Estate planning doesn’t need to be complicated.  The key is to keep it simple.

Although I have practiced for more than thirty years including serving as a probate judge, that does not mean that everything in my own family goes as it should and in fact, it provides a great case study for how not to do things.

After my father’s death, we received a bill for more than five hundred dollars from his bank for his safe deposit box. He had never mentioned he had a safe deposit box.  We didn’t have the key.  What could my father possibly have put in the safe deposit box? Eventually, we decided that we needed to find out what was in that box. The bank required the payment for the safe deposit box – almost five hundred dollars.  Since we didn’t have a key, they would have to drill it open. In a few days, we would have the “locked jewels” in our possession.  Days later a manila envelope arrived with the contents of his safe deposit box – the manual for his mobile home.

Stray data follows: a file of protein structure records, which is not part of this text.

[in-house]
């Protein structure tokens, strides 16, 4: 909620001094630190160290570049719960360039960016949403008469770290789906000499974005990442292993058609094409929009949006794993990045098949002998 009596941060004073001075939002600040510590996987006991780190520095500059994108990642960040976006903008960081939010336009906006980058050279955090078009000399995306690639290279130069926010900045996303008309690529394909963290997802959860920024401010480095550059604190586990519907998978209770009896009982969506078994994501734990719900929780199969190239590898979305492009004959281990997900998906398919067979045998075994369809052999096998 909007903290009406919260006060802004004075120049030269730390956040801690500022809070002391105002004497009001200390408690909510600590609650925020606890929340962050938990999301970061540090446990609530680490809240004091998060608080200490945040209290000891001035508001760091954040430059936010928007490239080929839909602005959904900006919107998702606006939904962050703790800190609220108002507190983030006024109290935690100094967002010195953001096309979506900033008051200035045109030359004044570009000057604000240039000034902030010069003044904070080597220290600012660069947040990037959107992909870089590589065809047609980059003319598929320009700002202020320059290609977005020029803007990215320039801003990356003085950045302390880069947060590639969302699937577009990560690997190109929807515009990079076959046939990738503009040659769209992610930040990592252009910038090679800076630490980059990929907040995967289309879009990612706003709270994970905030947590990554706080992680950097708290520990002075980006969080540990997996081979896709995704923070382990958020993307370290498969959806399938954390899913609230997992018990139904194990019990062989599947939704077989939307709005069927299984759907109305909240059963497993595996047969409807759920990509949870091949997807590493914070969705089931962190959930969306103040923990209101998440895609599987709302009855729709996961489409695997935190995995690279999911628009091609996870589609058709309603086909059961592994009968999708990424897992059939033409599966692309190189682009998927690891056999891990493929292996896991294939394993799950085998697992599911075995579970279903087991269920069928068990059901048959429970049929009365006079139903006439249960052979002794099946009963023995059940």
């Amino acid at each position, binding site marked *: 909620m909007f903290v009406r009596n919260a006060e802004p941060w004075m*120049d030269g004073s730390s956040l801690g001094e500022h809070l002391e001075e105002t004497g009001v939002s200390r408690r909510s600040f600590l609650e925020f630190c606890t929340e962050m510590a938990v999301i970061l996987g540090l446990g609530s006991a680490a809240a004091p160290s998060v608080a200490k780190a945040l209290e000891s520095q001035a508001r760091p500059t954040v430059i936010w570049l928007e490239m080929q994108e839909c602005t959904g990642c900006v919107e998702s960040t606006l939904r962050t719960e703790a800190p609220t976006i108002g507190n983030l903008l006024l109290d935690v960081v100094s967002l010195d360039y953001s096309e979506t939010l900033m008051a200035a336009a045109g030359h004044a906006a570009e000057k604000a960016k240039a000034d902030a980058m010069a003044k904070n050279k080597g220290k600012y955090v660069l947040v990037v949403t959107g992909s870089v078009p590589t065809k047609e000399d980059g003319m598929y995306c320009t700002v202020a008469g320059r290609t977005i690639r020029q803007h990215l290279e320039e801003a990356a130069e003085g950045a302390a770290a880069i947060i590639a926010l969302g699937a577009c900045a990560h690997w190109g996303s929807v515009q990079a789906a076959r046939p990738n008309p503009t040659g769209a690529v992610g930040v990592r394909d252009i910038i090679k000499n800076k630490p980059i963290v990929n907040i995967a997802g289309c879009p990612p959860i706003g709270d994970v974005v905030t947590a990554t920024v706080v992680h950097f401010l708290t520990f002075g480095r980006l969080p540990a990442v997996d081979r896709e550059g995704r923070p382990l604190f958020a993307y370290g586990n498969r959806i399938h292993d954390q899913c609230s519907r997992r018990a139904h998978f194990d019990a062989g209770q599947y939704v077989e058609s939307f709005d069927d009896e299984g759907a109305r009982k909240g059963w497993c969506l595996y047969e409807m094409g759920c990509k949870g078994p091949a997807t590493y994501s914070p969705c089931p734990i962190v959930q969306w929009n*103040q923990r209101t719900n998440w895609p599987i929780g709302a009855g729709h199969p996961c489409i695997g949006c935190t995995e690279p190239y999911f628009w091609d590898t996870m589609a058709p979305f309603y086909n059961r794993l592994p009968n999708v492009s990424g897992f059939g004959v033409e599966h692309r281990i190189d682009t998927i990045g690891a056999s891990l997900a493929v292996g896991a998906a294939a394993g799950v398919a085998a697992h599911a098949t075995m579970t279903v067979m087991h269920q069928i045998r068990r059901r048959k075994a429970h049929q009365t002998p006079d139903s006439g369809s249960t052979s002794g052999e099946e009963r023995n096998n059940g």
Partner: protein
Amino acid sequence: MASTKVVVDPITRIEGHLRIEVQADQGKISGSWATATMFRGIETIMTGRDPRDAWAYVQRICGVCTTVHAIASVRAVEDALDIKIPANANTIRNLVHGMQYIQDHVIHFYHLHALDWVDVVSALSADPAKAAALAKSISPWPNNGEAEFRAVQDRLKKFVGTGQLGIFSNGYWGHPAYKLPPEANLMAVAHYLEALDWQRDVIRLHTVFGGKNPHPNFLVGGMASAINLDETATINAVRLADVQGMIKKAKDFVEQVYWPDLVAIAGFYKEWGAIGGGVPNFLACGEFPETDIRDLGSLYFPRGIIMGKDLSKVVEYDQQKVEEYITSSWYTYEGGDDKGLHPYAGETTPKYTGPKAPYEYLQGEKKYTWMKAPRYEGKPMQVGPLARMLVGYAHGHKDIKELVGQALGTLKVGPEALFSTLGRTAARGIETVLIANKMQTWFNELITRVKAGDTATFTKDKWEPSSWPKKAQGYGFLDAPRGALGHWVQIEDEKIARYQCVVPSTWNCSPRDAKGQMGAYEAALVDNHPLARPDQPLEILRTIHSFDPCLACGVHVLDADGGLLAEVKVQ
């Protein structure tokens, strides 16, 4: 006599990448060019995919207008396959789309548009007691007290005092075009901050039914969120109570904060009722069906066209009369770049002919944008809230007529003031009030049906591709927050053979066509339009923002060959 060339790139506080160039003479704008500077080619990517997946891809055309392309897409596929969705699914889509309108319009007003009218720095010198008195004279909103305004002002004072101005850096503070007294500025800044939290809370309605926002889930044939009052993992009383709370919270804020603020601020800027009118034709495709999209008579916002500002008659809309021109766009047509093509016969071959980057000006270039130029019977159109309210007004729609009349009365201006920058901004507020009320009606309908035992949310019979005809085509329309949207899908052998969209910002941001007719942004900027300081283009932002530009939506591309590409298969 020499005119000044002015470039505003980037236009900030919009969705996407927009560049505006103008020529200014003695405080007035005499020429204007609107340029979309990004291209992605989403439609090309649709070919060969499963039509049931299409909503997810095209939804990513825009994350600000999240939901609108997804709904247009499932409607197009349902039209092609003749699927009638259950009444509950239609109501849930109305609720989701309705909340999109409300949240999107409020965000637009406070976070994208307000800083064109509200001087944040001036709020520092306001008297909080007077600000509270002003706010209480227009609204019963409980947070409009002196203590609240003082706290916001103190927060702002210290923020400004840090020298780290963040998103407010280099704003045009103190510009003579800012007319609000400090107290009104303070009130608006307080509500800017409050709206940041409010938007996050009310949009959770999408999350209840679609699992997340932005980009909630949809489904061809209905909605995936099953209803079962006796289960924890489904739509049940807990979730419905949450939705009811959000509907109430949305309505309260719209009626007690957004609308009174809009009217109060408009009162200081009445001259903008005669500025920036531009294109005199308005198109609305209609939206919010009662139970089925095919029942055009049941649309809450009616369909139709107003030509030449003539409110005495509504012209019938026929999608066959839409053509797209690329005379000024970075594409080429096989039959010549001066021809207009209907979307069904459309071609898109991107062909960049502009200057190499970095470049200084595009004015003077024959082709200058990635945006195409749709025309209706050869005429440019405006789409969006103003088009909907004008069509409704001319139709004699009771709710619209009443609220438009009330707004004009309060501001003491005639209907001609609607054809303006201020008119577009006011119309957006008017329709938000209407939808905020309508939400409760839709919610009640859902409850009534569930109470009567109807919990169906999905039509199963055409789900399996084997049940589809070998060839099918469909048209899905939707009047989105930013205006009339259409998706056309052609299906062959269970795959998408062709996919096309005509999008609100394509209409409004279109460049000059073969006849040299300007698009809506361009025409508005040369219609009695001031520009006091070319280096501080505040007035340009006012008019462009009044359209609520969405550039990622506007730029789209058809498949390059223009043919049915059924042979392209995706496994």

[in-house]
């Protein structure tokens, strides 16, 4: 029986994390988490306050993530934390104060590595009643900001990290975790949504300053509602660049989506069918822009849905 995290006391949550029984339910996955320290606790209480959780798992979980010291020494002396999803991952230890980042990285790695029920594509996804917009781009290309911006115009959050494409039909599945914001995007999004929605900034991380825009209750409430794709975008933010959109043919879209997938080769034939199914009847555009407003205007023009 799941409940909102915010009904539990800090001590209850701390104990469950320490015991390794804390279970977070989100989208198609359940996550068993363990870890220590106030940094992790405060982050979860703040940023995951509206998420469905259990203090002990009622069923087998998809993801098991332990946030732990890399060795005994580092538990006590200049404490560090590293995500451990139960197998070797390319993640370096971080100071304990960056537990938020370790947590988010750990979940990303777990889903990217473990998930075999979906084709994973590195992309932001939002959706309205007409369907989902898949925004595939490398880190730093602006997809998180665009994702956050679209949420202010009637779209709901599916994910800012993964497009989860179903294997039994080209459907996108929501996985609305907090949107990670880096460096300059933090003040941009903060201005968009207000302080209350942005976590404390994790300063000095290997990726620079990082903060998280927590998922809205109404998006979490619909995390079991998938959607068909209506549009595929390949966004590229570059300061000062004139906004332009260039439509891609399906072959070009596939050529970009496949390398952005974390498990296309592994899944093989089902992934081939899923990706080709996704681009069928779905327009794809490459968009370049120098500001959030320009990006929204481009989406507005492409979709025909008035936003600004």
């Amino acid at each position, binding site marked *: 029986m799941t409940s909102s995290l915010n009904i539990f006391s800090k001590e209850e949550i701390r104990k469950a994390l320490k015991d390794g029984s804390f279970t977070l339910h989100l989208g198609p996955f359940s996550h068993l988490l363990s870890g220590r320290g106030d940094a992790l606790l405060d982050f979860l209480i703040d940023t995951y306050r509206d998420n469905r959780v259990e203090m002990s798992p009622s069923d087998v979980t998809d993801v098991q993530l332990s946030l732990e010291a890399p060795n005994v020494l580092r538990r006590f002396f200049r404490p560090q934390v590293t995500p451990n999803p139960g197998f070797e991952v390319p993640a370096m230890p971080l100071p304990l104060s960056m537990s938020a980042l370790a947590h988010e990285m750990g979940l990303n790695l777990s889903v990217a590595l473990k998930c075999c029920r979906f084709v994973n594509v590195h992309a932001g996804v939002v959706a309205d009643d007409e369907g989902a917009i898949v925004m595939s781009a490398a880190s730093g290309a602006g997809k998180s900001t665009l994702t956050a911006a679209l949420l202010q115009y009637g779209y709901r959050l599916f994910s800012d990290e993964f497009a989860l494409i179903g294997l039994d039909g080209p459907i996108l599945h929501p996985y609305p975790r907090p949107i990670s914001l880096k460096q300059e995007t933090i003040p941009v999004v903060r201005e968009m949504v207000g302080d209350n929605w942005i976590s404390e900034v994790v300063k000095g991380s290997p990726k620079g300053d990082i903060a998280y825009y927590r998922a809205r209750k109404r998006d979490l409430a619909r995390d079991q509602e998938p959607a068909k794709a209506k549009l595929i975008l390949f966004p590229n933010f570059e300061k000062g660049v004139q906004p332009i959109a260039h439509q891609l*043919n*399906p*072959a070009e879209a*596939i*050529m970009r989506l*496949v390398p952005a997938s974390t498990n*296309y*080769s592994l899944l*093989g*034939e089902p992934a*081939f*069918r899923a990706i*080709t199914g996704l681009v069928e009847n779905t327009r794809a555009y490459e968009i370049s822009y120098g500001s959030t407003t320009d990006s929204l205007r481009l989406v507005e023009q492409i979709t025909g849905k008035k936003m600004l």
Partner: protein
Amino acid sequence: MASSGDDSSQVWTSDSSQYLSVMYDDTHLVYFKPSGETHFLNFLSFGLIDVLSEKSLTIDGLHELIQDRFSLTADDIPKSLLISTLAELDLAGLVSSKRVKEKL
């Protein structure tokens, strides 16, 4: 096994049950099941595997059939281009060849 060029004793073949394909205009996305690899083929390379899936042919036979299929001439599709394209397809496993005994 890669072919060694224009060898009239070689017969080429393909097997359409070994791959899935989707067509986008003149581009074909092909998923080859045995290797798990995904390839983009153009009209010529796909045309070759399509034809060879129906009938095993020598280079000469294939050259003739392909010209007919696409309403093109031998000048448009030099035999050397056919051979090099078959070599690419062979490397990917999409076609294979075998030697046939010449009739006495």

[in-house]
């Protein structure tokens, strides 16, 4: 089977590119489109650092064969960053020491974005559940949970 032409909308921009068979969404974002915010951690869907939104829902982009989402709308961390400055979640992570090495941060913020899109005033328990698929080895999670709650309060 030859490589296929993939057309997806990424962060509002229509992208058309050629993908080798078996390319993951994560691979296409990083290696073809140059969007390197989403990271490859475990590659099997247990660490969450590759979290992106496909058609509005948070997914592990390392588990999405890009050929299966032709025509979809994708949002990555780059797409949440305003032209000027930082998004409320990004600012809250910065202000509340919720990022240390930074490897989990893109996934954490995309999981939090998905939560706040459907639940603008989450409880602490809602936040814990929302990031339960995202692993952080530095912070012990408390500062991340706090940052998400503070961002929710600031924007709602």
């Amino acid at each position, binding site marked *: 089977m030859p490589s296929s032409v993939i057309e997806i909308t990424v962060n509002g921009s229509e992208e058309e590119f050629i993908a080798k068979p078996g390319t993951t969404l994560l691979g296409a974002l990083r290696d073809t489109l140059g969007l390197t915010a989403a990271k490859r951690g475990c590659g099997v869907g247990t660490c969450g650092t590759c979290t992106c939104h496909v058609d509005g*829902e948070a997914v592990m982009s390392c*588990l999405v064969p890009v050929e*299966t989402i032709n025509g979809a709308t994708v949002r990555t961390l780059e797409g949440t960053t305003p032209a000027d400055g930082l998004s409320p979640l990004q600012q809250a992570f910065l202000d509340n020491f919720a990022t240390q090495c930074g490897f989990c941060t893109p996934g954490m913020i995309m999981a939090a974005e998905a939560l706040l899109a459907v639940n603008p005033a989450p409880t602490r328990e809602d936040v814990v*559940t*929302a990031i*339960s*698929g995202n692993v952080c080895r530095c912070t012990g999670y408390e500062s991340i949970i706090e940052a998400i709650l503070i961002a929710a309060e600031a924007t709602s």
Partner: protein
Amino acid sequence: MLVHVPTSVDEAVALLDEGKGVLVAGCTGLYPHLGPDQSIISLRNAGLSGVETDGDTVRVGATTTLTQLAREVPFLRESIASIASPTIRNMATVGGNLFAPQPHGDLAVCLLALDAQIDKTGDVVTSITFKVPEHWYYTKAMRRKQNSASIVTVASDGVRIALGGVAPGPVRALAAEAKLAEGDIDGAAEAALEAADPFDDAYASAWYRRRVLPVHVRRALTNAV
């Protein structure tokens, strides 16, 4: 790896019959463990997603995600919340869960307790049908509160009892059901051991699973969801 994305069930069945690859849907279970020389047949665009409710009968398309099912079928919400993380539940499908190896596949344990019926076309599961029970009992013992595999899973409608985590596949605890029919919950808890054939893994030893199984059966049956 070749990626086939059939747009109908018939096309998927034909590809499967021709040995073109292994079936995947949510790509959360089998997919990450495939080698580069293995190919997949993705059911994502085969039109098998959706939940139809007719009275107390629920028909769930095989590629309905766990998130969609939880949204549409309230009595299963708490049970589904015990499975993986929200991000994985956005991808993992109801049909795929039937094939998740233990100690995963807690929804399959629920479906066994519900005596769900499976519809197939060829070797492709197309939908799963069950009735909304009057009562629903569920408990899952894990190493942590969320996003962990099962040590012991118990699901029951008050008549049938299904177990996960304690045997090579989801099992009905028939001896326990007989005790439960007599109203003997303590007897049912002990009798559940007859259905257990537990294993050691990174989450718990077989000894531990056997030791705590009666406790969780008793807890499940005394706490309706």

If you decide to keep jewelry, coins, and other personal property in your safe deposit box, make sure you tell someone you trust. That is usually the person you have chosen as the personal representative for your will.  Although storing your personal effects in a safe deposit box may be safer than the coffee can in the kitchen, it doesn’t mean it’s always the wisest choice.  Reducing family chaos, conflict and delay by creating a notebook of important documents that your family can refer to after your death, and discussing the location of those valuable items and how you’ve chosen to keep them secure may be a wiser and simpler strategy.

Leave a legacy, not a family feud.

If you would like a free family assessment for assuring that your estate planning, real estate, long term care, and death directives are in place, call Attorney Linda Carley at 386-281-3340. Linda Carley has more than thirty years of legal experience, including serving as a probate judge.